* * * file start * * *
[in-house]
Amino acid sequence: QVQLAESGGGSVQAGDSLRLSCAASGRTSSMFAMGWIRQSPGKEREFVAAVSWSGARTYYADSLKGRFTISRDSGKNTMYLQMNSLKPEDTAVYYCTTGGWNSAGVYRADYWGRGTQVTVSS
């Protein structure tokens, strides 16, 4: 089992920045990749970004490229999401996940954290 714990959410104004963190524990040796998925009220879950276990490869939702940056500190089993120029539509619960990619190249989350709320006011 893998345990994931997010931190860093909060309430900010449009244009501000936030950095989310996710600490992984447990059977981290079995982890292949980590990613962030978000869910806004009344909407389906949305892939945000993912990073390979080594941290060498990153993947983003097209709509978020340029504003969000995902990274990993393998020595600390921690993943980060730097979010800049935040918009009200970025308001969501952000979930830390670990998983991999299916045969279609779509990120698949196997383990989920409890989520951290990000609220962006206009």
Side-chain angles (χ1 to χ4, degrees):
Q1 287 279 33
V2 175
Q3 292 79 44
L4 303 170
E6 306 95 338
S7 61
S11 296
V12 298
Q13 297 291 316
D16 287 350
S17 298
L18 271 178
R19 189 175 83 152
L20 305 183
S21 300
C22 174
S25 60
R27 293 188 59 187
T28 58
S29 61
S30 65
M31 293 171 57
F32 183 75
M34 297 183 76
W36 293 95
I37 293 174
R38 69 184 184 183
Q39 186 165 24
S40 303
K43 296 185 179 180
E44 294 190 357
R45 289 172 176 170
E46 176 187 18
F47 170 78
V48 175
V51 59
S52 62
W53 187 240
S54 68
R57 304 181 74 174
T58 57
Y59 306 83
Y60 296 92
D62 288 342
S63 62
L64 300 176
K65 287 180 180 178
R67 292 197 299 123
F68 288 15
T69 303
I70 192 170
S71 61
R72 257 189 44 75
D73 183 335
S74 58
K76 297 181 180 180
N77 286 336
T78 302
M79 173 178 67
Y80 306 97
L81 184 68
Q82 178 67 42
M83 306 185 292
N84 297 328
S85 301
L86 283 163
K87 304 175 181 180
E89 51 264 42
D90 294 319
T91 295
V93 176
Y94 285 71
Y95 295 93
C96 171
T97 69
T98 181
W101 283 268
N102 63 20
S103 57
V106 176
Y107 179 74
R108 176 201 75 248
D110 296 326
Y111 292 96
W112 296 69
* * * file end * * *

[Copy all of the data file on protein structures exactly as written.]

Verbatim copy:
[in-house]
Amino acid sequence: QVQLAESGGGSVQAGDSLRLSCAASGRTSSMFAMGWIRQSPGKEREFVAAVSWSGARTYYADSLKGRFTISRDSGKNTMYLQMNSLKPEDTAVYYCTTGGWNSAGVYRADYWGRGTQVTVSS
């Protein structure tokens, strides 16, 4: 089992920045990749970004490229999401996940954290 714990959410104004963190524990040796998925009220879950276990490869939702940056500190089993120029539509619960990619190249989350709320006011 893998345990994931997010931190860093909060309430900010449009244009501000936030950095989310996710600490992984447990059977981290079995982890292949980590990613962030978000869910806004009344909407389906949305892939945000993912990073390979080594941290060498990153993947983003097209709509978020340029504003969000995902990274990993393998020595600390921690993943980060730097979010800049935040918009009200970025308001969501952000979930830390670990998983991999299916045969279609779509990120698949196997383990989920409890989520951290990000609220962006206009």
Side-chain angles (χ1 to χ4, degrees):
Q1 287 279 33
V2 175
Q3 292 79 44
L4 303 170
E6 306 95 338
S7 61
S11 296
V12 298
Q13 297 291 316
D16 287 350
S17 298
L18 271 178
R19 189 175 83 152
L20 305 183
S21 300
C22 174
S25 60
R27 293 188 59 187
T28 58
S29 61
S30 65
M31 293 171 57
F32 183 75
M34 297 183 76
W36 293 95
I37 293 174
R38 69 184 184 183
Q39 186 165 24
S40 303
K43 296 185 179 180
E44 294 190 357
R45 289 172 176 170
E46 176 187 18
F47 170 78
V48 175
V51 59
S52 62
W53 187 240
S54 68
R57 304 181 74 174
T58 57
Y59 306 83
Y60 296 92
D62 288 342
S63 62
L64 300 176
K65 287 180 180 178
R67 292 197 299 123
F68 288 15
T69 303
I70 192 170
S71 61
R72 257 189 44 75
D73 183 335
S74 58
K76 297 181 180 180
N77 286 336
T78 302
M79 173 178 67
Y80 306 97
L81 184 68
Q82 178 67 42
M83 306 185 292
N84 297 328
S85 301
L86 283 163
K87 304 175 181 180
E89 51 264 42
D90 294 319
T91 295
V93 176
Y94 285 71
Y95 295 93
C96 171
T97 69
T98 181
W101 283 268
N102 63 20
S103 57
V106 176
Y107 179 74
R108 176 201 75 248
D110 296 326
Y111 292 96
W112 296 69